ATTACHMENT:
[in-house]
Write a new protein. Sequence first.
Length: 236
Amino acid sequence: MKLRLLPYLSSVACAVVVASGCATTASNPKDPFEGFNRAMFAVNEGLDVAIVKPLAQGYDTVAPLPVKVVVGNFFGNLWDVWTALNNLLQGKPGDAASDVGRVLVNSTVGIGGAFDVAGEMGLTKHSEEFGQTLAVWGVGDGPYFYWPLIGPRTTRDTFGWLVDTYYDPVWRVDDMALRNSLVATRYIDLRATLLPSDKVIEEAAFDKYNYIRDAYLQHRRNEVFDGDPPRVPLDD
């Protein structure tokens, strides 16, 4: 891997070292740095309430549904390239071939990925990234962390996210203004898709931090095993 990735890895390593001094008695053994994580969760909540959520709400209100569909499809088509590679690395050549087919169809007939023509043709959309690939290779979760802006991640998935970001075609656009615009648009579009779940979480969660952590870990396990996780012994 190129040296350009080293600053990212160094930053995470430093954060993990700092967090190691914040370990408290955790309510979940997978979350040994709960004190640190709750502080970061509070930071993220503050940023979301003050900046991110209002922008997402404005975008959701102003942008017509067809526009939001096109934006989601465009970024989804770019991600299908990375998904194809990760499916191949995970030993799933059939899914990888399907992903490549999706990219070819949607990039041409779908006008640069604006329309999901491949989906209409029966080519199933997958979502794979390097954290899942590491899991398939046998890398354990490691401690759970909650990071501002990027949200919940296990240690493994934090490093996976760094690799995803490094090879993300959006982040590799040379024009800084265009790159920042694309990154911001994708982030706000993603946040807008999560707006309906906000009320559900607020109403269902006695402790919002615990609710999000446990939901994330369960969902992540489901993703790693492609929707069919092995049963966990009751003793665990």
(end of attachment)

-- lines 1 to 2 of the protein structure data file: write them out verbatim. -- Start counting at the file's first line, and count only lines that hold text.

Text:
[in-house]
Write a new protein. Sequence first.